I've lived most of my life in cities—Adelaide, Hobart, Kota Kinabalu, Melbourne and Sydney—and I almost always travel to another city—Rome, Helsinki, Hong Kong, Paris, Singapore, and Tokyo, among others. I've lived in rural towns and spent the better part of a year in lowland rainforests in Sabah, Borneo. But I am, by nature, an urbanite.
I love gardens, but recently and regrettably have lost the inclination to 'garden' as such. What I loved so much was watching plants grow, composting waste, seeing birds among the blossoms of trees I'd planted in my early teens, and catching the perfume of jasmine, hoyas, lilies and the like. Wherever I live, the changes apparent in gardens, parks, and verges are the major visual cues of seasonal change.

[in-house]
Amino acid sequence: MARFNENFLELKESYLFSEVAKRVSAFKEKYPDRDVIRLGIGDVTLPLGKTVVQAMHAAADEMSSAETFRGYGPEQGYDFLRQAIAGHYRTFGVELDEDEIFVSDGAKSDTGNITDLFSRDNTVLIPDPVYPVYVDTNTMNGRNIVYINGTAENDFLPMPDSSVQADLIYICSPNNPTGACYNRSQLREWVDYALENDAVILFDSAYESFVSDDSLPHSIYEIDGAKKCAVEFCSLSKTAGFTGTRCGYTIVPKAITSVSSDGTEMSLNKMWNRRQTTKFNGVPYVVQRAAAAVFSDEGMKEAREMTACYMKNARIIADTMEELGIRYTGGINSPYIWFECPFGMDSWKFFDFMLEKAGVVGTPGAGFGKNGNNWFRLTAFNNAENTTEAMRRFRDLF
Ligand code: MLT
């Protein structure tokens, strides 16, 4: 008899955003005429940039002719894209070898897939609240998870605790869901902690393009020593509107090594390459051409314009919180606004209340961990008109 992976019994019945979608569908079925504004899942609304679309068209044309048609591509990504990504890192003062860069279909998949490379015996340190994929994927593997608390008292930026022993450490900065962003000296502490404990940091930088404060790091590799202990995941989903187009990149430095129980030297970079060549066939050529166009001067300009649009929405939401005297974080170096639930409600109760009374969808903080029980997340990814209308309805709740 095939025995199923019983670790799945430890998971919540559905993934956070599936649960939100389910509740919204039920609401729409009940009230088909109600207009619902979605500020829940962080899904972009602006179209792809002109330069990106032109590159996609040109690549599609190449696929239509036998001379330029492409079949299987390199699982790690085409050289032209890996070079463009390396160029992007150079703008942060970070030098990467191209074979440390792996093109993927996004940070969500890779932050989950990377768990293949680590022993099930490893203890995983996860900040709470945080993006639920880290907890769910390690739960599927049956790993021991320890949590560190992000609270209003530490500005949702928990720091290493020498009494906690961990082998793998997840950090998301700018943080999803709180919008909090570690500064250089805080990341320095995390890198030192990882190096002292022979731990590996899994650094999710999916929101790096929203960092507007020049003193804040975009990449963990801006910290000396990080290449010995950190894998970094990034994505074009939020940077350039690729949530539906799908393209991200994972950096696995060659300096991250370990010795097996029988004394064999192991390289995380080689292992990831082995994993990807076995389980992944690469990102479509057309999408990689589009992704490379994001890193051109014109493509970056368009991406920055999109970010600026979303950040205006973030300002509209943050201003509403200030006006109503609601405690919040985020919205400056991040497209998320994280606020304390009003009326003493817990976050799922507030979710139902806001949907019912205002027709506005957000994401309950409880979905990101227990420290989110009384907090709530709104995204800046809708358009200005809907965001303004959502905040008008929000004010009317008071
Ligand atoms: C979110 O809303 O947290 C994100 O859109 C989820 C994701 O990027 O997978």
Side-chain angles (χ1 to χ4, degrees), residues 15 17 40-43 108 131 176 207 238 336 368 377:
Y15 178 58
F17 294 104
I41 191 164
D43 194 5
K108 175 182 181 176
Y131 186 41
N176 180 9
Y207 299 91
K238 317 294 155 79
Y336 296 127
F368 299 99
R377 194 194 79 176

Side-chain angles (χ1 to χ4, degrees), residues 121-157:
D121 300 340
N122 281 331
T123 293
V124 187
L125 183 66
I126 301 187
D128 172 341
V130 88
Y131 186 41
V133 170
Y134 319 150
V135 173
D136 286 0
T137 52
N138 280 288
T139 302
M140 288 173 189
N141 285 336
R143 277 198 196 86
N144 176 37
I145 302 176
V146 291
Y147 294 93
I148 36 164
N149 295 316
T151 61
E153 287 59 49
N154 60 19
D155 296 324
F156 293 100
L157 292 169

My last post noted humanity's increasing urbanisation. I see and feel the process around me. Suburban blocks are subdivided, house sizes and traffic density increase, gardens and available habitat decline, and there's less natural shade. Though welcome, street trees can't compensate for urban biodiversity loss. Daily encounters with nature are increasingly marginalised as urbanisation advances in lockstep with population growth and rural migration.
These are the forces I explore in my next exhibition. Works will be based on my most recent journey westward from the world's largest city, Tokyo (population density: 6,000 per sq km).
Here's a glimpse...